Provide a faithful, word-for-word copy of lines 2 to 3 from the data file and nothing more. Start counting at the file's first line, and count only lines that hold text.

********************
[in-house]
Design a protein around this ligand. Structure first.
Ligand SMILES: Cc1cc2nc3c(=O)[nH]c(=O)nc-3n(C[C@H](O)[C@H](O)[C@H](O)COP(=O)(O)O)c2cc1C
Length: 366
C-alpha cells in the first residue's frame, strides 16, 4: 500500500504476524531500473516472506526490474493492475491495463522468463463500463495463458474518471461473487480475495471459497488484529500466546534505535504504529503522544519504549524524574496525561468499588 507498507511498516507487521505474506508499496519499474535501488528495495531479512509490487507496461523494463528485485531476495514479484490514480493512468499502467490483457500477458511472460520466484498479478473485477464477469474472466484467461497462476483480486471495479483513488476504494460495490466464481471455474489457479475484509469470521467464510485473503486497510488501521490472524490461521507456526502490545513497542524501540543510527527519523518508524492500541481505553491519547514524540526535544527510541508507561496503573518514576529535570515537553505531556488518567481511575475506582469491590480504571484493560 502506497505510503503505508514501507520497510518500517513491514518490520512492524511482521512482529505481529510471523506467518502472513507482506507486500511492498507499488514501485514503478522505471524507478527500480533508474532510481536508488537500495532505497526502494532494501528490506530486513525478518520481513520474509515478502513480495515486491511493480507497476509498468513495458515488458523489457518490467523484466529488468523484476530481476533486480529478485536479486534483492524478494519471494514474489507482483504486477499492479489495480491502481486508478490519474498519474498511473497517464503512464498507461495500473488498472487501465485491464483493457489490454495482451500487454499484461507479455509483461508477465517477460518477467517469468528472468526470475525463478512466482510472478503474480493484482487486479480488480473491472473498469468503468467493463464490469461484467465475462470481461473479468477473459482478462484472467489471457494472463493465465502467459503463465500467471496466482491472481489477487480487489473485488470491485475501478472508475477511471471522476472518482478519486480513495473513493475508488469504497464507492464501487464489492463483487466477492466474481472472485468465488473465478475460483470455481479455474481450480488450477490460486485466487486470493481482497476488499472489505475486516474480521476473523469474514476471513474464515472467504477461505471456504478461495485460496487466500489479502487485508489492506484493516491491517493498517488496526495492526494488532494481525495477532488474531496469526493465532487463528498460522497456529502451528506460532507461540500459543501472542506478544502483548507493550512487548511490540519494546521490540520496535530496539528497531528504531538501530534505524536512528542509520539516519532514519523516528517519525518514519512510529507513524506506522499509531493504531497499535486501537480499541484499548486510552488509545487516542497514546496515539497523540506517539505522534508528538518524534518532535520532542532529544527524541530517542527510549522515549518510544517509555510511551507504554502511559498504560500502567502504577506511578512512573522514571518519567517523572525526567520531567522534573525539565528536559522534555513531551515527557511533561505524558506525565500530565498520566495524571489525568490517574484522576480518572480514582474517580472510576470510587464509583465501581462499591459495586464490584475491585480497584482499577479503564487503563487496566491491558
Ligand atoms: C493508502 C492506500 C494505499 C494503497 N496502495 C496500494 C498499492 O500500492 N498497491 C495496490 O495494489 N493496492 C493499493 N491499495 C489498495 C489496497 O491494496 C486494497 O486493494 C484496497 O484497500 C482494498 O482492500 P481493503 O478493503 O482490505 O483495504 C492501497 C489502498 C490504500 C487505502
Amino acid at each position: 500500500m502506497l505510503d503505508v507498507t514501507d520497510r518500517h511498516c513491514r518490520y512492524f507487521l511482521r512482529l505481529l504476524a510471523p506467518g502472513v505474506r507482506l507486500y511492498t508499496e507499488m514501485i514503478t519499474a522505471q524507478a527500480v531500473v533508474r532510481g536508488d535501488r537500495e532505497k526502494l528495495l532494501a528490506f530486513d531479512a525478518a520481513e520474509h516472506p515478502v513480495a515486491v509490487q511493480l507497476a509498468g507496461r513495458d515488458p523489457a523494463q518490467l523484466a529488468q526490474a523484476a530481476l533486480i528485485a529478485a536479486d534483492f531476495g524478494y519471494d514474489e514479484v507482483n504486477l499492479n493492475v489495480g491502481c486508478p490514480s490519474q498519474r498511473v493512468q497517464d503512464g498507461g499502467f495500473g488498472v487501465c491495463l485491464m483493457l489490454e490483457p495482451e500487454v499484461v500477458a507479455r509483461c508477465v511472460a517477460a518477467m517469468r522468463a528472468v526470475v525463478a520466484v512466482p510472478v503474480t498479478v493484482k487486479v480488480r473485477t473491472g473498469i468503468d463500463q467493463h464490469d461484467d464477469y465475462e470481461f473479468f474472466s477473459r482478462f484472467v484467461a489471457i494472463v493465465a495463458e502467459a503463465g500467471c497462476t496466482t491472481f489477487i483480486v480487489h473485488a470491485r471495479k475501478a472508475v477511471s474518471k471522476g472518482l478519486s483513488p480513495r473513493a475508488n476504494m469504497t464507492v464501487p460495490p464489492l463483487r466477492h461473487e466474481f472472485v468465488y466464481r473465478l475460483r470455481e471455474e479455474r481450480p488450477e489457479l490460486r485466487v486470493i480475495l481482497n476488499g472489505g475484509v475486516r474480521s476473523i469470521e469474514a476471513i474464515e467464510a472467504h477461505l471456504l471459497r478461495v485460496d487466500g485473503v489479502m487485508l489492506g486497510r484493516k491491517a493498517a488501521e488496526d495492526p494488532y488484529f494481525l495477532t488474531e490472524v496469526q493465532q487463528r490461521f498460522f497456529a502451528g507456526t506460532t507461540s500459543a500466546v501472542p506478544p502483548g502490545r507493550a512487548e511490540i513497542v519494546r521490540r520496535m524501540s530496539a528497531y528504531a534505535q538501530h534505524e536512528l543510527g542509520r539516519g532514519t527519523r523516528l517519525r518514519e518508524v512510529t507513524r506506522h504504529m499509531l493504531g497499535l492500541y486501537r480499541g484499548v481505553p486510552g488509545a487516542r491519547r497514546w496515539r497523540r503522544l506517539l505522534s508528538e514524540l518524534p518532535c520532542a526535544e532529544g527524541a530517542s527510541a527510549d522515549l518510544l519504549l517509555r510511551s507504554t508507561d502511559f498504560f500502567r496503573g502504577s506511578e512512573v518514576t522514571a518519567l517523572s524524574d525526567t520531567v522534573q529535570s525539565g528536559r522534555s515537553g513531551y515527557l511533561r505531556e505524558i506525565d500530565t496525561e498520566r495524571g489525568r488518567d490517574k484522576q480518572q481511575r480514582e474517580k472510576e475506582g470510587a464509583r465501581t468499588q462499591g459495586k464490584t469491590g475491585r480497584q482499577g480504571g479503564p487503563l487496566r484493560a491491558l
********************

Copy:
Design a protein around this ligand. Structure first.
Ligand SMILES: Cc1cc2nc3c(=O)[nH]c(=O)nc-3n(C[C@H](O)[C@H](O)[C@H](O)COP(=O)(O)O)c2cc1C